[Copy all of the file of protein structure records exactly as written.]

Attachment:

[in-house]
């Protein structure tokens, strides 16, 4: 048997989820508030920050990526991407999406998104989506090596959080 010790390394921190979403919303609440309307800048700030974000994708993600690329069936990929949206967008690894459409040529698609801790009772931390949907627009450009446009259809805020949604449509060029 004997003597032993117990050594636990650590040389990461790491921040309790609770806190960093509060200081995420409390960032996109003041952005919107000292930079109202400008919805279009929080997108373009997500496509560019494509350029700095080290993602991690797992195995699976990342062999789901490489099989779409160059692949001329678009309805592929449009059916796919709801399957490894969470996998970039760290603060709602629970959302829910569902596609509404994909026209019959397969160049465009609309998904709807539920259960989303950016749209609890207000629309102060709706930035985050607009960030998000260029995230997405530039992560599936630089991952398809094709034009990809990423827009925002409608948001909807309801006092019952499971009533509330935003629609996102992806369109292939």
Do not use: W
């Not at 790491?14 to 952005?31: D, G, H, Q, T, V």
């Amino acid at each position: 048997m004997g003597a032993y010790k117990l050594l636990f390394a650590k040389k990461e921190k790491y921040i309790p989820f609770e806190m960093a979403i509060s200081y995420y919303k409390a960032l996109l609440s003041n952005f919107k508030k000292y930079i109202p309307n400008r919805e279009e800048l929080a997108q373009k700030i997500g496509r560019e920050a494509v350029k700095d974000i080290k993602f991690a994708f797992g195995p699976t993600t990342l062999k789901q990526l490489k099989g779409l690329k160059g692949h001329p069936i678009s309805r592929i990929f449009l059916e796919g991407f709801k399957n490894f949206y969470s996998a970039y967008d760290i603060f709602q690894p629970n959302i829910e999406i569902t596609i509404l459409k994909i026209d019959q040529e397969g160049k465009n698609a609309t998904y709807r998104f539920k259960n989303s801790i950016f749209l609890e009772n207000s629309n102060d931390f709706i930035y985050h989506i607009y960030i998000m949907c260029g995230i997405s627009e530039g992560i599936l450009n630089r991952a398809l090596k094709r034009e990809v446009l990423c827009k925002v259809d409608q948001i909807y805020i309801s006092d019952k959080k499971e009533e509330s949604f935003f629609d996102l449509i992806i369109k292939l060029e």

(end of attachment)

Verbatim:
[in-house]
């Protein structure tokens, strides 16, 4: 048997989820508030920050990526991407999406998104989506090596959080 010790390394921190979403919303609440309307800048700030974000994708993600690329069936990929949206967008690894459409040529698609801790009772931390949907627009450009446009259809805020949604449509060029 004997003597032993117990050594636990650590040389990461790491921040309790609770806190960093509060200081995420409390960032996109003041952005919107000292930079109202400008919805279009929080997108373009997500496509560019494509350029700095080290993602991690797992195995699976990342062999789901490489099989779409160059692949001329678009309805592929449009059916796919709801399957490894969470996998970039760290603060709602629970959302829910569902596609509404994909026209019959397969160049465009609309998904709807539920259960989303950016749209609890207000629309102060709706930035985050607009960030998000260029995230997405530039992560599936630089991952398809094709034009990809990423827009925002409608948001909807309801006092019952499971009533509330935003629609996102992806369109292939």
Do not use: W
């Not at 790491?14 to 952005?31: D, G, H, Q, T, V």
């Amino acid at each position: 048997m004997g003597a032993y010790k117990l050594l636990f390394a650590k040389k990461e921190k790491y921040i309790p989820f609770e806190m960093a979403i509060s200081y995420y919303k409390a960032l996109l609440s003041n952005f919107k508030k000292y930079i109202p309307n400008r919805e279009e800048l929080a997108q373009k700030i997500g496509r560019e920050a494509v350029k700095d974000i080290k993602f991690a994708f797992g195995p699976t993600t990342l062999k789901q990526l490489k099989g779409l690329k160059g692949h001329p069936i678009s309805r592929i990929f449009l059916e796919g991407f709801k399957n490894f949206y969470s996998a970039y967008d760290i603060f709602q690894p629970n959302i829910e999406i569902t596609i509404l459409k994909i026209d019959q040529e397969g160049k465009n698609a609309t998904y709807r998104f539920k259960n989303s801790i950016f749209l609890e009772n207000s629309n102060d931390f709706i930035y985050h989506i607009y960030i998000m949907c260029g995230i997405s627009e530039g992560i599936l450009n630089r991952a398809l090596k094709r034009e990809v446009l990423c827009k925002v259809d409608q948001i909807y805020i309801s006092d019952k959080k499971e009533e509330s949604f935003f629609d996102l449509i992806i369109k292939l060029e």